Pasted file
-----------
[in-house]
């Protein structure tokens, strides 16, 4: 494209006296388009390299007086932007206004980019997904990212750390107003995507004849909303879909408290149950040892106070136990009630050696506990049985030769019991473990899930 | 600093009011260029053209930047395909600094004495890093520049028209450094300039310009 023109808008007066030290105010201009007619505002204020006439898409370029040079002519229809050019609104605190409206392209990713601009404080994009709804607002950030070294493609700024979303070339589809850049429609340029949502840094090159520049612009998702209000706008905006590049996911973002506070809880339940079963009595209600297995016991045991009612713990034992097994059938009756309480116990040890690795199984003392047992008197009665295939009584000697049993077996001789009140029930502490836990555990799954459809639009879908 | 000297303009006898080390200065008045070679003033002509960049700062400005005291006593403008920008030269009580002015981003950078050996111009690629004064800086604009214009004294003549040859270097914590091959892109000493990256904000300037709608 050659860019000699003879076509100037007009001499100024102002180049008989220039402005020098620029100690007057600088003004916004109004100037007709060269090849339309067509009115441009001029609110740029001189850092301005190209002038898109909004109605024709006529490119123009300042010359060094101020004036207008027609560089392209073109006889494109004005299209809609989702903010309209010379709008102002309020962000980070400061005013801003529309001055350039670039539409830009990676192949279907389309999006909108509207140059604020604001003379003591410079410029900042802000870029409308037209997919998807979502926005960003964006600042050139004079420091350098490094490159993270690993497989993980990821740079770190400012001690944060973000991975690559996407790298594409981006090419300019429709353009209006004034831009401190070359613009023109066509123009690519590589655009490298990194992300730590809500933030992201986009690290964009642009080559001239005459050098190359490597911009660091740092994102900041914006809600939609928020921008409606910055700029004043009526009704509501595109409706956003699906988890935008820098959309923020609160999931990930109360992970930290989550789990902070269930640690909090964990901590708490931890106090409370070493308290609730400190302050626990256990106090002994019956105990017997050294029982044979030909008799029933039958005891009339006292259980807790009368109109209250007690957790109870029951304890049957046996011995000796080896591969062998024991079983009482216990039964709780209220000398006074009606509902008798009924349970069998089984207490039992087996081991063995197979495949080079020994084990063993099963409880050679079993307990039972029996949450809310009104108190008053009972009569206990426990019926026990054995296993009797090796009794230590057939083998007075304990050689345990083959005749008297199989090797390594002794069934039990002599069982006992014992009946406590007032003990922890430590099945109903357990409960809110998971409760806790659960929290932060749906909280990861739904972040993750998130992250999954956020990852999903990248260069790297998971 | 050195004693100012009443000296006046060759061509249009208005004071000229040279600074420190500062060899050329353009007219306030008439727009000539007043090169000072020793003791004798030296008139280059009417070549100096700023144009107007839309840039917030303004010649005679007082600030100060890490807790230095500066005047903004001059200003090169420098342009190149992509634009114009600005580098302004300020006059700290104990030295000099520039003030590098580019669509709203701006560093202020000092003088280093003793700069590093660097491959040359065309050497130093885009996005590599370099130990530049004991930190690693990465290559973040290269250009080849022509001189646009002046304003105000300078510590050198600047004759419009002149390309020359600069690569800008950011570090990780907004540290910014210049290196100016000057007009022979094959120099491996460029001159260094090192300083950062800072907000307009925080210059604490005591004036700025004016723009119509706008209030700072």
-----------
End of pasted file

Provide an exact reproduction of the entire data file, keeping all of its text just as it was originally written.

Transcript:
[in-house]
């Protein structure tokens, strides 16, 4: 494209006296388009390299007086932007206004980019997904990212750390107003995507004849909303879909408290149950040892106070136990009630050696506990049985030769019991473990899930 | 600093009011260029053209930047395909600094004495890093520049028209450094300039310009 023109808008007066030290105010201009007619505002204020006439898409370029040079002519229809050019609104605190409206392209990713601009404080994009709804607002950030070294493609700024979303070339589809850049429609340029949502840094090159520049612009998702209000706008905006590049996911973002506070809880339940079963009595209600297995016991045991009612713990034992097994059938009756309480116990040890690795199984003392047992008197009665295939009584000697049993077996001789009140029930502490836990555990799954459809639009879908 | 000297303009006898080390200065008045070679003033002509960049700062400005005291006593403008920008030269009580002015981003950078050996111009690629004064800086604009214009004294003549040859270097914590091959892109000493990256904000300037709608 050659860019000699003879076509100037007009001499100024102002180049008989220039402005020098620029100690007057600088003004916004109004100037007709060269090849339309067509009115441009001029609110740029001189850092301005190209002038898109909004109605024709006529490119123009300042010359060094101020004036207008027609560089392209073109006889494109004005299209809609989702903010309209010379709008102002309020962000980070400061005013801003529309001055350039670039539409830009990676192949279907389309999006909108509207140059604020604001003379003591410079410029900042802000870029409308037209997919998807979502926005960003964006600042050139004079420091350098490094490159993270690993497989993980990821740079770190400012001690944060973000991975690559996407790298594409981006090419300019429709353009209006004034831009401190070359613009023109066509123009690519590589655009490298990194992300730590809500933030992201986009690290964009642009080559001239005459050098190359490597911009660091740092994102900041914006809600939609928020921008409606910055700029004043009526009704509501595109409706956003699906988890935008820098959309923020609160999931990930109360992970930290989550789990902070269930640690909090964990901590708490931890106090409370070493308290609730400190302050626990256990106090002994019956105990017997050294029982044979030909008799029933039958005891009339006292259980807790009368109109209250007690957790109870029951304890049957046996011995000796080896591969062998024991079983009482216990039964709780209220000398006074009606509902008798009924349970069998089984207490039992087996081991063995197979495949080079020994084990063993099963409880050679079993307990039972029996949450809310009104108190008053009972009569206990426990019926026990054995296993009797090796009794230590057939083998007075304990050689345990083959005749008297199989090797390594002794069934039990002599069982006992014992009946406590007032003990922890430590099945109903357990409960809110998971409760806790659960929290932060749906909280990861739904972040993750998130992250999954956020990852999903990248260069790297998971 | 050195004693100012009443000296006046060759061509249009208005004071000229040279600074420190500062060899050329353009007219306030008439727009000539007043090169000072020793003791004798030296008139280059009417070549100096700023144009107007839309840039917030303004010649005679007082600030100060890490807790230095500066005047903004001059200003090169420098342009190149992509634009114009600005580098302004300020006059700290104990030295000099520039003030590098580019669509709203701006560093202020000092003088280093003793700069590093660097491959040359065309050497130093885009996005590599370099130990530049004991930190690693990465290559973040290269250009080849022509001189646009002046304003105000300078510590050198600047004759419009002149390309020359600069690569800008950011570090990780907004540290910014210049290196100016000057007009022979094959120099491996460029001159260094090192300083950062800072907000307009925080210059604490005591004036700025004016723009119509706008209030700072």